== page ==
FAQ

Frequently Asked Questions

Clinical research is a study conducted to gain information about the safety and effectiveness of medications being taken by individuals participating in the study. The medication could already be available commercially (in the market) for a specific disease and/or selected individuals (age, gender, ethnic background) and the study needs to research if it could be used for other groups of individuals. For example, if a medication was approved for the adult population, we have to research it first before making it available to younger individuals, such as children or adolescents. On the other hand, the medication could be experimental in nature, meaning it is not available commercially in the market.

Almost every medication in the market once started as an “experimental drug”, and had to go through three phases of clinical research studies to be approved. These three phases are:

Phase I: Study the experimental drug on a small group of healthy volunteers to determine its safety, the possible dose, and the potential side effects.

Phase II: Expand the knowledge obtained from Phase I and apply it to a bigger group of individuals with the disease to continue monitoring for safety, and to determine if the drug helped to improve symptoms of the disease being researched.

Phase III: Apply the information obtained from Phases I and II to a bigger group of individuals with the disease to determine its effectiveness and safety, and to compare the drug to other standard available medications in the market that treat the same conditions. For example, after completing Phases I and II for a medication called Villazadone that treats adults with depression, in Phase III it will be compared to other available products such as Fluoxetine (Prozac), Citalopram (Celexa), and so on.

Placebo means that the studied drug shows improvement or worsening of the disease condition due to reasons other than the use of the active ingredients.

Example: A patient starts taking a drug and they reports back in a couple of days that they are doing “fantastic” and their symptoms are “gone”. After a couple of weeks, they come back and the condition is as bad as it was before starting the drug. The drug was not helpful for this patient, as the positive effect vanished after a couple of weeks or less, due to the initial over-excitement.

To control this unwanted positive or negative initial experience, a placebo “SUGAR PILL” is used. The placebo looks exactly like the drug with the active ingredient, and is used to compare whether or not the positive or negative effect is caused by the active ingredient in the drug, or just due to other potential bias that was not relevant to the active medication.

To ensure whether or not the improvement or worsening of the disease condition was only due to the active ingredients in the drug, the participant (SINGLE BLINDED) and the doctor (DOUBLE BLINDED) don’t know what the participant is taking. It could be the placebo or the drug, because they both look exactly the same and no one knows about it during the study time.

Depression is the “MOST DISABLING” disease in a human life, far beyond cancer or heart attacks. It claims lives, destroys careers, eliminates productivities, and vanishes years of human lives with no interest, enjoyments or motivation. Depressed individuals live a life from the sidelines. They have never gotten he chance to participate on the field. It feels like life is passing by and you are bitterly watching it from the sideline. Very few antidepressant medications have been available in the market considering the magnitude of destruction depression causes for individuals, families, communities, and societies. It is scary to realize that we have only a few resources to treat it. Without fighting the stigma and finding participants to enhance the research and developments of new medications to treat depression, it will continue to disable individuals, families, communities, and societies.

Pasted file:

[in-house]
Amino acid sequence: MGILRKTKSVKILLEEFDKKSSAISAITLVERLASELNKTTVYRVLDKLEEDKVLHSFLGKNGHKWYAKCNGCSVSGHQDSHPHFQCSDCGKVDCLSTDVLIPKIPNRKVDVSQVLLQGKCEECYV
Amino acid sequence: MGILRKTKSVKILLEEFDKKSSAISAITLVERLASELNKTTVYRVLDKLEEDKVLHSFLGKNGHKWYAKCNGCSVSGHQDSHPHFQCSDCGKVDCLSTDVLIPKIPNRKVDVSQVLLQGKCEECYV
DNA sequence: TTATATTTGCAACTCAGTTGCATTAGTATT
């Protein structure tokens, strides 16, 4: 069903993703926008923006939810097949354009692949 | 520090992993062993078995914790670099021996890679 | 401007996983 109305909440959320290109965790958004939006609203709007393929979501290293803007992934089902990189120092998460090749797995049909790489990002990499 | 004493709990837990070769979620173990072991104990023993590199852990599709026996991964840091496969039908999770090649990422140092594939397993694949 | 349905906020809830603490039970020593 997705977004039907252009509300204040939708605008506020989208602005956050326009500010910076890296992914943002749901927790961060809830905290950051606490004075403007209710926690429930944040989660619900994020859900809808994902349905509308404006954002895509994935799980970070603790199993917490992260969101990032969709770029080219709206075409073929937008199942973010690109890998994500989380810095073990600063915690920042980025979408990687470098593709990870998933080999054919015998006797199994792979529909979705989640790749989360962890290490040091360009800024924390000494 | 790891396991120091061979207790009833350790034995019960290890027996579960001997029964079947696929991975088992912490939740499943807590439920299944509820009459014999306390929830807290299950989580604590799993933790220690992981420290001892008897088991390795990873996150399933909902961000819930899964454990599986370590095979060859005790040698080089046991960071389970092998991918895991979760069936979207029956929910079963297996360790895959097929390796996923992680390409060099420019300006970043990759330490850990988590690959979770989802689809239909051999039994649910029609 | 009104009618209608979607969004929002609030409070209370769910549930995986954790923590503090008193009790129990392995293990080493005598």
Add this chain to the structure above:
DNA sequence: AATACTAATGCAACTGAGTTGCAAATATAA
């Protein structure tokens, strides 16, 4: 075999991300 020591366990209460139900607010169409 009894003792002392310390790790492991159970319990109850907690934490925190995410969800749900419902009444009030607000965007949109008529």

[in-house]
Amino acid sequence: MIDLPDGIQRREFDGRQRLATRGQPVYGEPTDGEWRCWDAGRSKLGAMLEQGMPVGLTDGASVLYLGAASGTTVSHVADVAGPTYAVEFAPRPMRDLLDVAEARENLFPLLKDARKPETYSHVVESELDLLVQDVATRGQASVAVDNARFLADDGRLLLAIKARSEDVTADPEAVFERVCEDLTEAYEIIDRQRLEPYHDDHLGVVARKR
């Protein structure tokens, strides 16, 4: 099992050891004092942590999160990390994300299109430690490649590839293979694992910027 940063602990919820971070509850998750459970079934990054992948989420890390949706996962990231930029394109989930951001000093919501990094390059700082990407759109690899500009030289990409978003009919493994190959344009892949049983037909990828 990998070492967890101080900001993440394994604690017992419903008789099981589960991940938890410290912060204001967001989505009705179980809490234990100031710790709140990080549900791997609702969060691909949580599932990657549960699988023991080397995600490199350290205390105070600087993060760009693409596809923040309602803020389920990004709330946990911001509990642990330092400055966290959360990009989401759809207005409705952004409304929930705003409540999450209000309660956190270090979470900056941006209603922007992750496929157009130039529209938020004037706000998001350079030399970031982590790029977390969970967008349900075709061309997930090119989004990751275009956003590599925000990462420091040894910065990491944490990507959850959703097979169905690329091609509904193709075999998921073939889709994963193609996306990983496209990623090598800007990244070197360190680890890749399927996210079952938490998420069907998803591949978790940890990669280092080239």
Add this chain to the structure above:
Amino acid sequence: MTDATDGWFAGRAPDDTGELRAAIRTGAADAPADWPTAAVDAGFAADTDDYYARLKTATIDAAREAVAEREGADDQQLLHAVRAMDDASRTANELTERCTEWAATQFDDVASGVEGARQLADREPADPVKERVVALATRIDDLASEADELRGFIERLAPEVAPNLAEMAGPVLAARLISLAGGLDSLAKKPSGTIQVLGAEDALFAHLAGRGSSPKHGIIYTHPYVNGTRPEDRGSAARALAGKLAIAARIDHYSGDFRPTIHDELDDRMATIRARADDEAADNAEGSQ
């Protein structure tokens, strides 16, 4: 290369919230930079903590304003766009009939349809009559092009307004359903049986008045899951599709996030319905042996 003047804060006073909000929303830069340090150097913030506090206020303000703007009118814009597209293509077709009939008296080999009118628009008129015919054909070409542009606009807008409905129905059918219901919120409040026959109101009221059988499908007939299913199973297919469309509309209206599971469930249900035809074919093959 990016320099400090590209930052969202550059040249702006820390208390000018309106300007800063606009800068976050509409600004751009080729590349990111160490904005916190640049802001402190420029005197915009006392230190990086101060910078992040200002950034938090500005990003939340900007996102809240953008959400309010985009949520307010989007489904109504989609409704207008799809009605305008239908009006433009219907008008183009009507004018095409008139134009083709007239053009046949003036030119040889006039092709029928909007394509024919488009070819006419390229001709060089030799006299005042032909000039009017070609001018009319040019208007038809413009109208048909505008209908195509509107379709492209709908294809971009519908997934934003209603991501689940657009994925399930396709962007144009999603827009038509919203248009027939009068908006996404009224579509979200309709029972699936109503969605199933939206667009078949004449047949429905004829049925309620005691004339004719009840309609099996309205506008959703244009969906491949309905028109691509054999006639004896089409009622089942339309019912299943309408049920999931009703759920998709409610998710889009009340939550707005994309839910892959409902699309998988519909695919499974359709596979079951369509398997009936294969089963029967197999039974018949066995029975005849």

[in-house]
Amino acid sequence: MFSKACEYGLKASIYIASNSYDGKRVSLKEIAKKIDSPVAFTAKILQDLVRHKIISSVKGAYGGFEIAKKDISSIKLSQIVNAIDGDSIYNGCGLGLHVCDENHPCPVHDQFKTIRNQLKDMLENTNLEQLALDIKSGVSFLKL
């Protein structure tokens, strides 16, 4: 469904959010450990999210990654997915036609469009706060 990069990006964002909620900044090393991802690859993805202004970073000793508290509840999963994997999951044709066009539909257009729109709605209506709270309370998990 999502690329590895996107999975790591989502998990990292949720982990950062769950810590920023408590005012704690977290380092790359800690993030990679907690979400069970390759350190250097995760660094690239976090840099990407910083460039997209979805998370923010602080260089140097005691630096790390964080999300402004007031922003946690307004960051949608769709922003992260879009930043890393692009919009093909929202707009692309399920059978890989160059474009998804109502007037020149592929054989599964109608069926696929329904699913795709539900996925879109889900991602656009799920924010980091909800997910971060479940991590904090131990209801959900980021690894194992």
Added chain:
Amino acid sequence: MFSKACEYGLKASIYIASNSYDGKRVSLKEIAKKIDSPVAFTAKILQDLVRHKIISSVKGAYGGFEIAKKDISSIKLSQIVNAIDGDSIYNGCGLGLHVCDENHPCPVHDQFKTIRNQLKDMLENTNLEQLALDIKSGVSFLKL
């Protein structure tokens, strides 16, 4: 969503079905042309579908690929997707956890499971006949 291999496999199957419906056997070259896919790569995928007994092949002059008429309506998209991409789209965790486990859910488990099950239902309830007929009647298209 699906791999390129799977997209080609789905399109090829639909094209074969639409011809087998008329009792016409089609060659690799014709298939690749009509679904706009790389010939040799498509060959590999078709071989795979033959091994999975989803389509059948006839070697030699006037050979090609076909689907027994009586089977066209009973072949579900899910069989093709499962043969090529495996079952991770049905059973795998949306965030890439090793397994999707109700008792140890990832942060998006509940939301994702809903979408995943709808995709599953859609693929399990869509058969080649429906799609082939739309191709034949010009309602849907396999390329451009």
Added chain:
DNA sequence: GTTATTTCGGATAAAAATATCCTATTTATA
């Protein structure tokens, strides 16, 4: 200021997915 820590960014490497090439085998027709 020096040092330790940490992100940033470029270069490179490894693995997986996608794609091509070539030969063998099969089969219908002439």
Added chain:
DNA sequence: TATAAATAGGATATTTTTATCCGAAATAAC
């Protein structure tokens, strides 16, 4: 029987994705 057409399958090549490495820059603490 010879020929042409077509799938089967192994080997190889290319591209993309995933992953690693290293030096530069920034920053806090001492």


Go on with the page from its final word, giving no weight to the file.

Additionally, participants receive a FREE comprehensive evaluation, biologically and psychosocially. This particular assessment is offered by other providers for a few thousand dollars out-of-pocket, as it is not covered by insurance.

Lastly, participants will be compensated for your time and travel to minimize the burden for your kind participation. Your willingness to advance our knowledge about the illness and medication management will result in a better outcome for many.

Some of these medications are readily available in the market and we are investigating if they could be used for other disorders. If so, then you would continue taking it by getting a prescription as you do for every other medication. If the research medication is not commercially available, the pharmaceutical industry has an obligation to continue providing the medication to you until it is commercially available.

You can always withdraw from participation since it is voluntary to begin with. However, it is always advisable to brainstorm with family members and discuss in detail with your research staff about any questions or foreseen difficulties in ending participation in these programs. When participants drop out of these studies without a valid or medical reason, everyone, including the participant, loses time, efforts, and money invested in these previous steps that will not be utilized.